By Susanne von Rosenberg, UC Master Gardener of Napa County
One of the joys of summer is being able to harvest fresh, perfectly ripened fruit from your own garden. December and January are the best months to plant bare-root fruit trees and berries so you can enjoy the bounty in summers to come.
Unlike fruit trees, most berries provide a quick return on your efforts. Strawberries bear fruit the same year you plant them, and blackberries and raspberries produce the year after you plant them. Blueberries are more complicated to grow (they need acidic soil to thrive), but also usually start to produce some fruit in the second year.
Berry plants are less expensive than fruit trees, and if you choose the right kinds, you can expand your berry patch over time. The main drawback to berries is that they all have relatively high water needs.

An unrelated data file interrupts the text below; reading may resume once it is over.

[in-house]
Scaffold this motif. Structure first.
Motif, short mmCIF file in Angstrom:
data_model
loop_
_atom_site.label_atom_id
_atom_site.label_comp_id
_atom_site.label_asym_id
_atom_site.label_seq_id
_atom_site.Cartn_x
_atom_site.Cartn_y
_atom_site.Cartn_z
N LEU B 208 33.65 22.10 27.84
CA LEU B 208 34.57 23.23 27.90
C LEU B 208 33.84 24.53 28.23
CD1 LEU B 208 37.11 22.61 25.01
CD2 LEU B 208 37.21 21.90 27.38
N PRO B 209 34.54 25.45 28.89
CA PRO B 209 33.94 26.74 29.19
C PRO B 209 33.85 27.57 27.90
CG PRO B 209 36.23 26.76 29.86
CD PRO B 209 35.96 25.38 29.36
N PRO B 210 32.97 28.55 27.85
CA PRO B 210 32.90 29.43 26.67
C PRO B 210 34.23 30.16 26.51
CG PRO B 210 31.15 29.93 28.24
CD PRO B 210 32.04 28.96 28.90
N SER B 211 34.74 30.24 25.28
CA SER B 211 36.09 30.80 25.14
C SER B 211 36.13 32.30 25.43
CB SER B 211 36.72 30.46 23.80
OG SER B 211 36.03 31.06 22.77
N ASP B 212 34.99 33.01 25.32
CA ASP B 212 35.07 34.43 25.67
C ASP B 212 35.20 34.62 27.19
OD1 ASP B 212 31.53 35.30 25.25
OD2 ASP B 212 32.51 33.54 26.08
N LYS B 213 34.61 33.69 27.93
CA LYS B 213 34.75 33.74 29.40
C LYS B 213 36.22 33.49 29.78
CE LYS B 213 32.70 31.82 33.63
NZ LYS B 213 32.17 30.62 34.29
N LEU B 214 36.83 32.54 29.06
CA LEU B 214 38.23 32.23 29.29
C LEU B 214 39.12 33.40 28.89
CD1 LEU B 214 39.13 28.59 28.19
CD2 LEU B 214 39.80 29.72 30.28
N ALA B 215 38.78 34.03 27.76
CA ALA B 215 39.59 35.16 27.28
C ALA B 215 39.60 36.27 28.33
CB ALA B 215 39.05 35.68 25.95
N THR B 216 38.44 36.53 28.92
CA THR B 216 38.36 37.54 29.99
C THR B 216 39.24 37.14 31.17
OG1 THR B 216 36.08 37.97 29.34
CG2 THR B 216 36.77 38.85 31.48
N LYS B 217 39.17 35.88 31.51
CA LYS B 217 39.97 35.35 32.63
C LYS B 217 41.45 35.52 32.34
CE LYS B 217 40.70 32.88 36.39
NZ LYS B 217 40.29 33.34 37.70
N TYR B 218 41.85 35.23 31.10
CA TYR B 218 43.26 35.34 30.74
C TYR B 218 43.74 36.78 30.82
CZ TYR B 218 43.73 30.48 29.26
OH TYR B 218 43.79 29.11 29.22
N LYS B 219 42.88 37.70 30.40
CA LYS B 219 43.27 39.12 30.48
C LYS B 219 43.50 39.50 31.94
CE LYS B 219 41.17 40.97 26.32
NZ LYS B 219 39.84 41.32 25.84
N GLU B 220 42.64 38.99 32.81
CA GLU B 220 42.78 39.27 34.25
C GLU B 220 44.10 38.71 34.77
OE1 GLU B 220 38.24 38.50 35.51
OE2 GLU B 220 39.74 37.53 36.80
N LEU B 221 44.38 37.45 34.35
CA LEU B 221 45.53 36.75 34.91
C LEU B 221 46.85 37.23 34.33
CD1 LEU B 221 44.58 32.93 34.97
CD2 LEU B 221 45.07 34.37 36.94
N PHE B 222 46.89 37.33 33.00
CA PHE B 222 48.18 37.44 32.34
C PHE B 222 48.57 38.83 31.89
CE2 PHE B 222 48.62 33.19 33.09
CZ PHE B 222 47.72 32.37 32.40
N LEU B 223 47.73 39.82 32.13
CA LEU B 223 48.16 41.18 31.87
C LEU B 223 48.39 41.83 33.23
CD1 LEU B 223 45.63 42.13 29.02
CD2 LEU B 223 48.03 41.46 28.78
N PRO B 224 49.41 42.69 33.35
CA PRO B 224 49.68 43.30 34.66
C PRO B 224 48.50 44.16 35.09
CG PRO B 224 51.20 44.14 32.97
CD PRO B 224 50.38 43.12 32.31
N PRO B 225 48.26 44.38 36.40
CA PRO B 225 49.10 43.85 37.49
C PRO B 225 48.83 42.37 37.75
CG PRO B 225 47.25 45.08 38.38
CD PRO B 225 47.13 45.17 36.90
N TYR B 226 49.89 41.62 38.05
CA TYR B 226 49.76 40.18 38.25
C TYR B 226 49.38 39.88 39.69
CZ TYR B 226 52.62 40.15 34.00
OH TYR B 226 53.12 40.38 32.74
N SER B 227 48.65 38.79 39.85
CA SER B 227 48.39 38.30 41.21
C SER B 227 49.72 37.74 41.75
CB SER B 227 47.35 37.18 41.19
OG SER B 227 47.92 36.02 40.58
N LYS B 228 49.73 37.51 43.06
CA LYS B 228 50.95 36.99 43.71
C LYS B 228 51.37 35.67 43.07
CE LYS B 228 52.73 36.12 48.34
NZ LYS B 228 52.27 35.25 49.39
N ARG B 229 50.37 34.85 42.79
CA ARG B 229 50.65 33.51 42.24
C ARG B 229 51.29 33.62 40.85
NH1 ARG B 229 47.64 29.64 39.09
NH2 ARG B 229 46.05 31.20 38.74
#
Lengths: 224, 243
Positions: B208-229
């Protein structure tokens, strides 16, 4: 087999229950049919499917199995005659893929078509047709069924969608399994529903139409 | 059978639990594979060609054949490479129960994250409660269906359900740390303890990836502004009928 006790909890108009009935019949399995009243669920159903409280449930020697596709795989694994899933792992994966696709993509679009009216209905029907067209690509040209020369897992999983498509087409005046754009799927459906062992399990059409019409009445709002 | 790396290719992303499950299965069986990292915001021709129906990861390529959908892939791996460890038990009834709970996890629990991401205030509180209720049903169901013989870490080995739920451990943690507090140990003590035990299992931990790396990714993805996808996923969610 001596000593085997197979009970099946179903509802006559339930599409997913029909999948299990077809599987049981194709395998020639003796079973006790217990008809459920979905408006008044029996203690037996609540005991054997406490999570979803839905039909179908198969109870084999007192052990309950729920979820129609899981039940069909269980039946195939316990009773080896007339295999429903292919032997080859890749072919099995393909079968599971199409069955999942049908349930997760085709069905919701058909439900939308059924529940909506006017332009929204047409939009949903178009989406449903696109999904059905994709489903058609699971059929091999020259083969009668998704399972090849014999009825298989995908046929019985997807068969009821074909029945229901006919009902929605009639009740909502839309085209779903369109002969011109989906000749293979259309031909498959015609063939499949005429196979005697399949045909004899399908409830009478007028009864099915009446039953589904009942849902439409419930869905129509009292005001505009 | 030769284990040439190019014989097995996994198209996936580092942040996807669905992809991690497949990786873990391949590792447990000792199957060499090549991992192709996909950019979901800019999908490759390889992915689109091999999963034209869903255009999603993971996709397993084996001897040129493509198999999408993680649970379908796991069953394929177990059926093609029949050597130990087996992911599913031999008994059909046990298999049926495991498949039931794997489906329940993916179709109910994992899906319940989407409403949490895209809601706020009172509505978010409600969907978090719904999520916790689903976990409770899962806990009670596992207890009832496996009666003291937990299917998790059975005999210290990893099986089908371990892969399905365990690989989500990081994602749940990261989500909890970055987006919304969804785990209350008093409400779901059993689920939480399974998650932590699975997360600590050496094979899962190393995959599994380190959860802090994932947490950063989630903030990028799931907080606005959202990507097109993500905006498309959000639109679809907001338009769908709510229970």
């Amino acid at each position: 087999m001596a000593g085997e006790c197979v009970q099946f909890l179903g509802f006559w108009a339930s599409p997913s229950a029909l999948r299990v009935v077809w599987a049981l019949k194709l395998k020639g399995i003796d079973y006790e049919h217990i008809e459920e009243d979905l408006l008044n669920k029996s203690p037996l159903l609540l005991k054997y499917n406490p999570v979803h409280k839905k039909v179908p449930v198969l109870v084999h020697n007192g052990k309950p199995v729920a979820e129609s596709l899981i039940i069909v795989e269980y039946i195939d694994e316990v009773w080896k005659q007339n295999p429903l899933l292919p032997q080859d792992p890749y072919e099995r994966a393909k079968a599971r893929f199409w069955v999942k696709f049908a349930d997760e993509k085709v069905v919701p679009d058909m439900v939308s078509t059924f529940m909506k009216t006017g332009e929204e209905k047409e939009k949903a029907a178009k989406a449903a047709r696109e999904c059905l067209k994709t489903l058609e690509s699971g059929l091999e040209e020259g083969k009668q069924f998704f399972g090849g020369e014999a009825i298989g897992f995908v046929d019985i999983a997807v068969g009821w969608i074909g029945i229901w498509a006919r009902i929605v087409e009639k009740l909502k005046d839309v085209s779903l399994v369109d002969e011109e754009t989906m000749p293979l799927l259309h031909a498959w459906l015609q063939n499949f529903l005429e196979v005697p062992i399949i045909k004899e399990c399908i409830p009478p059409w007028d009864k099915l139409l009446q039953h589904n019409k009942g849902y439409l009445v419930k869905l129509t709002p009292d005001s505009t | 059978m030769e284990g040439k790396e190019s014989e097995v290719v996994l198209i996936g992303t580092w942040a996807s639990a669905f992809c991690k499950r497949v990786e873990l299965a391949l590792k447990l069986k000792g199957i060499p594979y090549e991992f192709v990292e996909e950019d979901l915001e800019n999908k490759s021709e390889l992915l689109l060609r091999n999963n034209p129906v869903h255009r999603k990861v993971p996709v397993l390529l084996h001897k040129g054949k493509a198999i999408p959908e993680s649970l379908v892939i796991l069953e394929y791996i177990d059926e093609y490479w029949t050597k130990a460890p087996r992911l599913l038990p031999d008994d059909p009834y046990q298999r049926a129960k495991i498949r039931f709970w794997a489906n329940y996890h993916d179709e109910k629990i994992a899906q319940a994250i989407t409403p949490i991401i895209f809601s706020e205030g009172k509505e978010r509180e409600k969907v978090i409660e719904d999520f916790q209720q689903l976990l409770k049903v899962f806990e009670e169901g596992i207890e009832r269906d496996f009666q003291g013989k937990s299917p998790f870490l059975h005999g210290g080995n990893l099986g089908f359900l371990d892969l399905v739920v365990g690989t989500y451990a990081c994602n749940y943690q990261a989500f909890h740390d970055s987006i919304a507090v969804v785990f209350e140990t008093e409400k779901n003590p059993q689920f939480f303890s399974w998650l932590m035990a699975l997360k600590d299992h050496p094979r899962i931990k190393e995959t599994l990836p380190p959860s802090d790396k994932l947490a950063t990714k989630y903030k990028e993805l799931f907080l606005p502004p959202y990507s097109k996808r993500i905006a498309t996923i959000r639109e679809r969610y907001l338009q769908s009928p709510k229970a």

Brambleberry is another name for blackberries and raspberries. Boysenberries, marionberries and ollalieberries are all varieties of blackberries. Blackberries are well suited to our Napa Valley climate. (In fact, boysenberries were developed here.) Raspberries also do well in all but our hottest areas.
While it's easy to get blackberry and raspberry seedlings from friends (many brambleberries produce suckers from their roots), it's best to start with certified disease-free nursery stock. You can always expand your berry patch by planting some of the suckers. Blackberries and black and purple raspberries also tip-root. If the tip of a cane touches moist ground, it will grow roots from that tip.
To produce well, brambleberries should be planted in full sun. In hotter areas, raspberries benefit from some afternoon shade. Care of brambleberries is fairly simple. Fertilize them once a year at the start of the growing season and keep the soil moist, not soggy, throughout the growing season. The berries also need pruning each year.